About halfway through filming in 1941, life outside the production took a serious turn–Pearl Harbor was attacked and the United States entered World War 2. There are lots of stories about how filming was affected by new wartime rations–how Edith Head snatched up every last gold bead in Hollywood for the dresses, or how producers tracked down remaining rubber balloons for the Fourth of July number. It’s unclear exactly how many of these tales were fluff invented by studio publicity, but they were an amusing, escapist bit of gossip for a nation in flux. The most obvious WW2 influence is a short montage of newsreel footage promoting America’s values and military prowess during the Independence Day number. It’s a bit out of place, but given that Astaire’s “Firecracker Number” comes next–one of his greatest dance sequences of all time–I’m willing to overlook it.
By the way, Astaire’s workload for Holiday Inn included three months of rehearsals, two months of filming, and an additional MONTH after filming to repeat his already-complex dances for enhanced audio recording. That certainly required some amazing precision. Unsurprisingly, he reportedly worked through his career’s 600th pair of shoes during production of this film.
Paramount had initially balked at paying for both Crosby and Astaire in the same movie, but eventually relinquished–but did hold out on casting a Ginger Rogers or a Rita Hayworth for the female leads. Instead, they went with an “eleventh hour” call to relative unknowns Marjorie Reynolds and Virginia Dale. Before Holiday Inn, Reynolds had been working steadily in penny westerns, earning her a reign as “queen of the horse operas.” The casting of these actresses alongside such major Hollywood players formed an appealing “Cinderella girl” narrative in the fan magazines, and both Reynolds and Dale enjoyed fawning profiles celebrating their good fortune.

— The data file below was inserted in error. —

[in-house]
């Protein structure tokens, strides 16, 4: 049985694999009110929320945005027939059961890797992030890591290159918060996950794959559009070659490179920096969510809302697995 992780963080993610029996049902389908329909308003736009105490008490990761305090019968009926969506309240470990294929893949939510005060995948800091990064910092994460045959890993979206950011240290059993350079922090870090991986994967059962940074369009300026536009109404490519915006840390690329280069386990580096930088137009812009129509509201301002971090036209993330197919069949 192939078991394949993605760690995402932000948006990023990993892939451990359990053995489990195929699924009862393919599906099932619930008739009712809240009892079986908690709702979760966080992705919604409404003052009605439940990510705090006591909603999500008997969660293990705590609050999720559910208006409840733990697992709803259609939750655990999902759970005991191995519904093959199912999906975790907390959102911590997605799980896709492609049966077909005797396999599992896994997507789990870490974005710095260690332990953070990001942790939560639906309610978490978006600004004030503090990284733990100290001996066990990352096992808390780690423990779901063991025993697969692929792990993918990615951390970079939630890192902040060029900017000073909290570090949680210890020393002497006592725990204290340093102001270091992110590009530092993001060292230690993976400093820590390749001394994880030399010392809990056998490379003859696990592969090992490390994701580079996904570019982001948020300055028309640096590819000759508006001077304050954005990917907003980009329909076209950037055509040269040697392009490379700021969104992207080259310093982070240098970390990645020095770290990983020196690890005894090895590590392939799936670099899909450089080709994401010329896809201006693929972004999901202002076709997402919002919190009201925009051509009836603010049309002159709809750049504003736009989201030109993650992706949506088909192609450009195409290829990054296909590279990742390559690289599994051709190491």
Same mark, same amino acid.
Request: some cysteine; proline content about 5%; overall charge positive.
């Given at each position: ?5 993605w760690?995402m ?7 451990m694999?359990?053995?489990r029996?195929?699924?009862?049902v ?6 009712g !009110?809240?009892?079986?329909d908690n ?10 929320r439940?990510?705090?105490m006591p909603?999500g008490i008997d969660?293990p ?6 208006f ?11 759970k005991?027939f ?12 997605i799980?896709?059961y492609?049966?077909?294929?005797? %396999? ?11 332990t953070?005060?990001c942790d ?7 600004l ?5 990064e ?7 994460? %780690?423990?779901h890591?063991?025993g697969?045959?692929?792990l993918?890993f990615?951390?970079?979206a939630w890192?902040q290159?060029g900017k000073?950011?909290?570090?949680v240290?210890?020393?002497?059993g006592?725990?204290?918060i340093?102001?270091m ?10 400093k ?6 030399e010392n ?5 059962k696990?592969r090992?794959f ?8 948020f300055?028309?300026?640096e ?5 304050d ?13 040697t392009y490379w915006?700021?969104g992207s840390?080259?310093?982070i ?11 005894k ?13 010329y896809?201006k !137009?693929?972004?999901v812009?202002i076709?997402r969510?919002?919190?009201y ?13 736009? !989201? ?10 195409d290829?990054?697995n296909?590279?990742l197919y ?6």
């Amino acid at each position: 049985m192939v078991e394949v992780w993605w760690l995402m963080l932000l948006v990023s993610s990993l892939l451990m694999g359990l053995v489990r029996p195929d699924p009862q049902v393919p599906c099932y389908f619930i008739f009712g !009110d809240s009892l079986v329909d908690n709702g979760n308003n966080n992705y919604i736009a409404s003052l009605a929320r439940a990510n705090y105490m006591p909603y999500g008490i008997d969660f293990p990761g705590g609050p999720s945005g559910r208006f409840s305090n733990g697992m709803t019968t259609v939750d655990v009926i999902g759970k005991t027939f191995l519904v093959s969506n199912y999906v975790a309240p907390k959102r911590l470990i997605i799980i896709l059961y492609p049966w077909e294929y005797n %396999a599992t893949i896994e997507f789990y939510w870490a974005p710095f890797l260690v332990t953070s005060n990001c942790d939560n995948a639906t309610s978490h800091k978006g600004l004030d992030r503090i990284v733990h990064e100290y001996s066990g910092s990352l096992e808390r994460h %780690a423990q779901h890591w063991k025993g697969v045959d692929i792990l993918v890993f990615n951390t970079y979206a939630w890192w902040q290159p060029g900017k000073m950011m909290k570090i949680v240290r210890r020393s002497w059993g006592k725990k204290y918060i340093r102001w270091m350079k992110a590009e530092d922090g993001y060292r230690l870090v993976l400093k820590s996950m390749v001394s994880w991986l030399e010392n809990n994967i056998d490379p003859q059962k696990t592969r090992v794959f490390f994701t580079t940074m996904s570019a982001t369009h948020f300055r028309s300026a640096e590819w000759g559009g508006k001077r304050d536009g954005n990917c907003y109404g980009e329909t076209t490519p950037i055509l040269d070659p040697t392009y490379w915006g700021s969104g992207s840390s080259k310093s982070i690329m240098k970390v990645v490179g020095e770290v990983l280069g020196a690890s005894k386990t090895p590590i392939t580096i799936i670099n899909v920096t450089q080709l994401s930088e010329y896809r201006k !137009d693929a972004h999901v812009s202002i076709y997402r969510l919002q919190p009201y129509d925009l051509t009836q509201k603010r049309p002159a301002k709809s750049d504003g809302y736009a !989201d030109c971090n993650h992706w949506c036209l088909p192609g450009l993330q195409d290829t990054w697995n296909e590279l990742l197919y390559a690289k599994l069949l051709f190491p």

Beyond the obvious rah-rah military numbers, Holiday Inn is also distinctly American in its choices of holidays: half of the celebrations depicted are only holidays in the United States. Sandrich noted that choosing these specific holidays for the film necessarily made it a purely American–and hence patriotic–movie, but, shrugging off any suggestion of valuing propaganda over entertainment, said his intention was only “that you come out of the theater being proud to be an American.”
And I think that’s certainly true–whether or not that was the intention when they set out to start making this movie, the resulting film is imbued with the kinetic kind of patriotism we most typically associate with this early war period. It’s not just the overt military references, but also the warm feeling of nostalgia invoked by focusing on holidays–part of the success of “White Christmas” came from soldiers requesting the song while overseas, to feel a connection to back home. This movie definitely captures that feeling, even with–or maybe because of–the rough edges.